Ethiopia has 31 endemic species of mammals. The African wild dog prehistorically had widespread distribution in the territory. However, with last sightings at Finicha’a, this canid is thought to be potentially locally extinct. The Ethiopian wolf is perhaps the most researched of all the endangered species within Ethiopia.
Ethiopia is a global center of avian diversity. To date more than 856 bird species have been recorded in Ethiopia, twenty of which are endemic to the country. Sixteen species are endangered or critically endangered. A large number of these birds feed on butterflies, like the Bicyclus anynana.
Historically, throughout the African continent, wildlife populations have been rapidly declining due to logging, civil wars, pollution, poaching, and other human factors.[ A 17-year-long civil war, along with severe drought, negatively impacted Ethiopia’s environmental conditions, leading to even greater habitat degradation.[ Habitat destruction is a factor that leads to endangerment. When changes to a habitat occur rapidly, animals do not have time to adjust. Human impact threatens many species, with greater threats expected as a result of climate change induced by greenhouse gases. With carbon dioxide emissions in 2010 of 6,494,000 tonnes, Ethiopia contributes just 0.02% to the annual human-caused release of greenhouse gases.[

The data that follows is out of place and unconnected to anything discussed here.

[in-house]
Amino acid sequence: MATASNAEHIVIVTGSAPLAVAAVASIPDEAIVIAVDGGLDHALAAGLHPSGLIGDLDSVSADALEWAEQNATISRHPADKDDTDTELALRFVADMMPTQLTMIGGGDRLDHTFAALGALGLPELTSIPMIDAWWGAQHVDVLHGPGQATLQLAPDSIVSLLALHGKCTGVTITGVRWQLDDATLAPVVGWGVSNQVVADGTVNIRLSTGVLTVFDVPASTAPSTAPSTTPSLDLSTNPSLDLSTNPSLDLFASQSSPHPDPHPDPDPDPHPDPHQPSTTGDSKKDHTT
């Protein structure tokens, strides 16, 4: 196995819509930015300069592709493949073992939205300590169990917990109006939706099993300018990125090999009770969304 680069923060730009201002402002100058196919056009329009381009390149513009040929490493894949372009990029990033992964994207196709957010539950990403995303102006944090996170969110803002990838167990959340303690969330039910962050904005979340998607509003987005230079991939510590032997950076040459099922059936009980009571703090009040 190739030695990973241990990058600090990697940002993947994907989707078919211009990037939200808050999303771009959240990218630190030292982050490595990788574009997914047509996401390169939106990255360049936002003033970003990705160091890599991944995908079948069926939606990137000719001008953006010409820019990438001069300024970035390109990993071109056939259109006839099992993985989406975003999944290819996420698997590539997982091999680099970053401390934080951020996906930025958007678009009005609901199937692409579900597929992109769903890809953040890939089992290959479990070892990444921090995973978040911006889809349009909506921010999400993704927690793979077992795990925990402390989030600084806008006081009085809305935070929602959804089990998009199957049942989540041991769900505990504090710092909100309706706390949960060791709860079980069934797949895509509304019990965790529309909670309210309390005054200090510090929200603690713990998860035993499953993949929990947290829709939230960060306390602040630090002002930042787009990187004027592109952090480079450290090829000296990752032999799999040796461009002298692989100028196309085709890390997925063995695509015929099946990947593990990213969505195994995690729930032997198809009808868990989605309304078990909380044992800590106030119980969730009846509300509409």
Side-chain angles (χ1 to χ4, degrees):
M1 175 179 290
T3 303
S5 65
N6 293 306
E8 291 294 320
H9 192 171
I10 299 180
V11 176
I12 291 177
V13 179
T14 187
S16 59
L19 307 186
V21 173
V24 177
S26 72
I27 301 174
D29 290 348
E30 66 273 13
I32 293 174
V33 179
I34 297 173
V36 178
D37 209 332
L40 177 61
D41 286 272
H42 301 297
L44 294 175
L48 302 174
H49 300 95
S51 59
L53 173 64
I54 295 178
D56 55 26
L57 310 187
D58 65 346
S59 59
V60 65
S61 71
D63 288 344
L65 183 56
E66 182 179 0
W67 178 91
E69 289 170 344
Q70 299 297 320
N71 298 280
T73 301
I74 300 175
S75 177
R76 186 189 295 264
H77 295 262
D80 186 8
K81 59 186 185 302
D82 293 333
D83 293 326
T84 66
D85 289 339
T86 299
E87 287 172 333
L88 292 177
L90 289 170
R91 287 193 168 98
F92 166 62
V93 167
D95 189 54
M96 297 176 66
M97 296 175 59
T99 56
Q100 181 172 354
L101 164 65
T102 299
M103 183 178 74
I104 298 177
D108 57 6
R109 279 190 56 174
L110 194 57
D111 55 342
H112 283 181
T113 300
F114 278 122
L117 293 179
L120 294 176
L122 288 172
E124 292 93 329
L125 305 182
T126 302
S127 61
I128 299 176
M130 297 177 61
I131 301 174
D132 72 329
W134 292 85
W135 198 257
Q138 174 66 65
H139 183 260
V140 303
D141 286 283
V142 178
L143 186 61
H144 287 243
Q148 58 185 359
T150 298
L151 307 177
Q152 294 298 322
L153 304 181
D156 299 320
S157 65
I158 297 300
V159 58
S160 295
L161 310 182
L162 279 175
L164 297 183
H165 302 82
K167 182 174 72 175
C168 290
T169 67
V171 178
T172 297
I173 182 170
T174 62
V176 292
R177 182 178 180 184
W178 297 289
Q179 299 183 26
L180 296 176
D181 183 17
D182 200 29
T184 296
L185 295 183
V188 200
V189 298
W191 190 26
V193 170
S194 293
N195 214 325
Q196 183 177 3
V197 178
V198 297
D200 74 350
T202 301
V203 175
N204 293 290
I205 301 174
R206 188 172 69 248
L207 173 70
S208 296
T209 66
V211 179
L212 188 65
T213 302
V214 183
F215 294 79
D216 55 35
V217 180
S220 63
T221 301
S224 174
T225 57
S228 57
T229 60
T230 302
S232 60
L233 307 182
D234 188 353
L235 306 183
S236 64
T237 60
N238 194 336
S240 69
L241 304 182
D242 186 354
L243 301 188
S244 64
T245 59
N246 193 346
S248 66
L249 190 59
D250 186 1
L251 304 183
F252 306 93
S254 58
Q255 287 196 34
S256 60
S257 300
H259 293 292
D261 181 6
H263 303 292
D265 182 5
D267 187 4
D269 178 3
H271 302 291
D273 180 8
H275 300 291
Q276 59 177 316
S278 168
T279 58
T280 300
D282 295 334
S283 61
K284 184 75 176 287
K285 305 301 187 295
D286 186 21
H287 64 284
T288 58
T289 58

Ethiopia has a large number of species listed as critically endangered, endangered, and vulnerable to global extinction. The threatened species in Ethiopia can be broken down into three categories (based on IUCN ratings): critically endangered, endangered, and vulnerable.
|Critically endangered mammals||Endangered mammals||Vulnerable mammals|
|Cushioned gerbil||Grévy’s zebra||African elephant||Large-eared free-tailed bat||Red-fronted gazelle|
|Black rhinoceros||Mountain nyala||Ammodile||Lesser horseshoe bat||Rupp’s mouse|
|Ethiopian wolf||Nubian ibex||Bailey’s shrew||Lion||Scott’s mouse-eared bat|
|Guramba shrew||African wild dog||Bale shrew||Lucina’s shrew||Soemmerring’s gazelle|
|Harenna shrew||Beira antelope||Morris’s bat||Speke’s gazelle|
|MacMillan’s shrew||Cheetah||Mouse-tailed bat||Spotted-necked otter|
|Walia ibex||Dibatag||Natal free-tailed bat||Ethiopian striped mouse|
|Dorcas gazelle||Nikolaus’s mouse|
|Glass’s shrew||Patrizi’s trident leaf-nosed bat|
Ethiopia is one of the eight fundamental and independent centers of origin for cultivated plants in the world. However, deforestation is a major concern for Ethiopia as studies suggest loss of forest contributes to soil erosion, loss of nutrients in the soil, loss of animal habitats, and reduction in biodiversity. At the beginning of the 20th century, around 420,000 km2 (or 35%) of Ethiopia’s land was covered by trees, but recent research indicates that forest cover is now approximately 11.9% of the area.
Ethiopia loses an estimated 1,410 km2 of natural forests each year. Between 1990 and 2005 the country lost approximately 21,000 km2 of forests. Current government programs to control deforestation consist of education, promoting reforestation programs, and providing raw materials which are alternatives to timber. In rural areas the government also provides non-timber fuel sources and access to non-forested land to promote agriculture without destroying forest habitat.